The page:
Side note II: One reason I really liked The Lonesome Bodybuilder by Yukiko Motoya (which I reviewed) is because there is very little backstory in the stories. I was talking about this book the other day with my BFF, Kat, who was the one who gave the book to me for my birthday. We agreed that it’s not in our top five books of all time or top five favorites, but as she said, the one thing it did well was be unlike anything else. Kat mentioned she hadn’t read anything like it in quite some time, and I would agree. The writing is sparse, and Motoya trusts the reader to accept whatever premise she establishes without much if any backstory, and I really appreciated that. In addition, the magic surrealism was presented as normal, which I’ve found in other Japanese-related pop culture as well. One of my favorite authors is Banana Yoshimoto, and she does this as well. I love Studio Ghibli, and Hayao Miyazaki (the other H. Miyazaki!) is a master at this as well. Speaking of Hidetaka, he does this is his games, too. One thing I love about the Dark Souls series is how hard you have to work for the lore. Also, the fact that Miyazaki has an uncompromising vision, and he expects the gamer to be able to meet him on his terms. The one thing all of them have in common is that they trust the consumer to grasp what they are doing, and they remain firm in their visions.
I took the criticism about Chasing Red to heart, and I diligently worked on a backstory for my main character. As I wrote, I could actually see the shimmer from the story fade away until there was nothing left. By the time I was done with the edit, the story was dead. I had killed my story by listening to that piece of critique. Heartbroken, I put the story in the metaphorical shelf and grieved its death. I couldn’t read it again, and I couldn’t think about it without wanting to cry. Many years later, I pulled it out again and ripped out all the backstory. I restored it to its former state, and I watched as the shimmer came back again. I was exceedingly happy that I was able to resurrect the story, and it taught me a valuable lesson about criticism and feedback. That lesson, by the way, is not to disregard all feedback. It’s that I needed to be more discerning about what is helpful to me and what is not. I had to look at what I was trying to accomplish with the story and remain true to it. I had to trust that the point I was trying to get across was there, and if it wasn’t, oh well. I don’t mean that flippantly, and I don’t mean you should never consider how the audience will receive your work, but I do think a writer has to be satisfied with their own work before they can even think about their audience.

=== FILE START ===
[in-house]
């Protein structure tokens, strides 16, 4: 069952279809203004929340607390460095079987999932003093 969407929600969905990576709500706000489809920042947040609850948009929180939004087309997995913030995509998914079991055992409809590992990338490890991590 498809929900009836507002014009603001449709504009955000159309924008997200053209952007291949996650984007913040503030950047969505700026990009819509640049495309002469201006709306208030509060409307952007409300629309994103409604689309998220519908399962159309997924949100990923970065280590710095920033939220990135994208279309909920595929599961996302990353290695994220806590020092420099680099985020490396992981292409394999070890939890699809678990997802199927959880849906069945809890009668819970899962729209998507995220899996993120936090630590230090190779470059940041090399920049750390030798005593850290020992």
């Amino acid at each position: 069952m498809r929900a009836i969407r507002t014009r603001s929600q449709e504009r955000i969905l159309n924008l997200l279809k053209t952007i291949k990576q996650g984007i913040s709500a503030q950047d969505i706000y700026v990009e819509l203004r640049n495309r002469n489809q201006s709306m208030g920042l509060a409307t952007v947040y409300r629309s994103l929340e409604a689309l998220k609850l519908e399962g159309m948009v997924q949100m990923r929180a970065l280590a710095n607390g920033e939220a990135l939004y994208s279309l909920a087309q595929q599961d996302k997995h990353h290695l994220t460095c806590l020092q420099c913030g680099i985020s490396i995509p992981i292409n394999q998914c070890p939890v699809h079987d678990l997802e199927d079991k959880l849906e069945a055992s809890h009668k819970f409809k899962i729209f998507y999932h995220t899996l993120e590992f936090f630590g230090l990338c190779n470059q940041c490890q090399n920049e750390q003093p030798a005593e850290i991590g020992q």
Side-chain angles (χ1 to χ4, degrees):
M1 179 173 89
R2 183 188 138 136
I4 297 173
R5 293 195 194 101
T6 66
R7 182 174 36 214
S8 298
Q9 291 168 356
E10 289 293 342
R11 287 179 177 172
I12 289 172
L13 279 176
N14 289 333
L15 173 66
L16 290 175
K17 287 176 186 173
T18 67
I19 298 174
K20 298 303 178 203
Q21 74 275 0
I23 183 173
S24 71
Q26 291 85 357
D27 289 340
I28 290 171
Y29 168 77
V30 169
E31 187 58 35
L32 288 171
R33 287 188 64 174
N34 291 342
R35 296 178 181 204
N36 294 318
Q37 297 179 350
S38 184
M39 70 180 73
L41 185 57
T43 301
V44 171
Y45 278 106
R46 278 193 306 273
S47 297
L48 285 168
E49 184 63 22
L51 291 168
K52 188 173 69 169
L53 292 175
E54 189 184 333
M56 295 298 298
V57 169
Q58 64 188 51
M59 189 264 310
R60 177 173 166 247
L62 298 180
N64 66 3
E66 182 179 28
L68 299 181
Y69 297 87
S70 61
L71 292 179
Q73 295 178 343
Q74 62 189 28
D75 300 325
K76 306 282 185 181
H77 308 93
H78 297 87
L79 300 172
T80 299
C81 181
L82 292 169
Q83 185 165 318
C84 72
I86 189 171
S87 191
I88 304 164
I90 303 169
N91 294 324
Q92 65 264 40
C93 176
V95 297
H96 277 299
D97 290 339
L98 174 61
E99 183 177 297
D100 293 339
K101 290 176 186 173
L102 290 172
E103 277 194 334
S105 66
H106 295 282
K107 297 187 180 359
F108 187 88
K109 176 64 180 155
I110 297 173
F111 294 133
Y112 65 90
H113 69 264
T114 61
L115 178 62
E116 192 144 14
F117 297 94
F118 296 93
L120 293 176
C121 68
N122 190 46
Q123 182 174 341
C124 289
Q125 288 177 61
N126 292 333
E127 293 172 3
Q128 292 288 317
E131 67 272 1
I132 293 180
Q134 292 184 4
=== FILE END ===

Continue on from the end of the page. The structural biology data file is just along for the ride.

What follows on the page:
I’ve read thousands of books, many of them mysteries. The ones that stick out are the ones that have a solid core to them, even if it’s not traditional or the acceptable way to write. A strong and consistent voice is more important than any set of standards or rules, and I think a good writer deliberately breaks rules. I like to think I’m a good writer, and I break rules all the time. I have good reasons for doing it, which is the important distinction, I think. Rules are a good guide, but they aren’t written in stone. So, my off-the-cuff advice would be to write as if no one is watching to free up the creativity inside.